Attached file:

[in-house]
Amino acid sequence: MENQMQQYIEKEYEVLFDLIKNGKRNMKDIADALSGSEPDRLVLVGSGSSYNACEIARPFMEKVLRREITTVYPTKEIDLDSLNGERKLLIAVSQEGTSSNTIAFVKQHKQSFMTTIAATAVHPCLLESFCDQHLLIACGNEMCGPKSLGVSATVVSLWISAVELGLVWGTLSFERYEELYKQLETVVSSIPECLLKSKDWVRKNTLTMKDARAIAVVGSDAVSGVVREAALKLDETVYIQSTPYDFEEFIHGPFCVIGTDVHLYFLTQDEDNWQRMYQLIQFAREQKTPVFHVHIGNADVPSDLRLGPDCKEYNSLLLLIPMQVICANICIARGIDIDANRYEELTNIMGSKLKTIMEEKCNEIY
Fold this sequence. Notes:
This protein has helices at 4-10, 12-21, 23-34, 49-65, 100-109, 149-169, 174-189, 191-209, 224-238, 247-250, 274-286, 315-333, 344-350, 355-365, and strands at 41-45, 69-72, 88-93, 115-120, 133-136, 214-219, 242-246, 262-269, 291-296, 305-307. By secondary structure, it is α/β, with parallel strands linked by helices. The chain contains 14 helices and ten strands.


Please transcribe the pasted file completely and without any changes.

[in-house]
Amino acid sequence: MENQMQQYIEKEYEVLFDLIKNGKRNMKDIADALSGSEPDRLVLVGSGSSYNACEIARPFMEKVLRREITTVYPTKEIDLDSLNGERKLLIAVSQEGTSSNTIAFVKQHKQSFMTTIAATAVHPCLLESFCDQHLLIACGNEMCGPKSLGVSATVVSLWISAVELGLVWGTLSFERYEELYKQLETVVSSIPECLLKSKDWVRKNTLTMKDARAIAVVGSDAVSGVVREAALKLDETVYIQSTPYDFEEFIHGPFCVIGTDVHLYFLTQDEDNWQRMYQLIQFAREQKTPVFHVHIGNADVPSDLRLGPDCKEYNSLLLLIPMQVICANICIARGIDIDANRYEELTNIMGSKLKTIMEEKCNEIY
Fold this sequence. Notes:
This protein has helices at 4-10, 12-21, 23-34, 49-65, 100-109, 149-169, 174-189, 191-209, 224-238, 247-250, 274-286, 315-333, 344-350, 355-365, and strands at 41-45, 69-72, 88-93, 115-120, 133-136, 214-219, 242-246, 262-269, 291-296, 305-307. By secondary structure, it is α/β, with parallel strands linked by helices. The chain contains 14 helices and ten strands.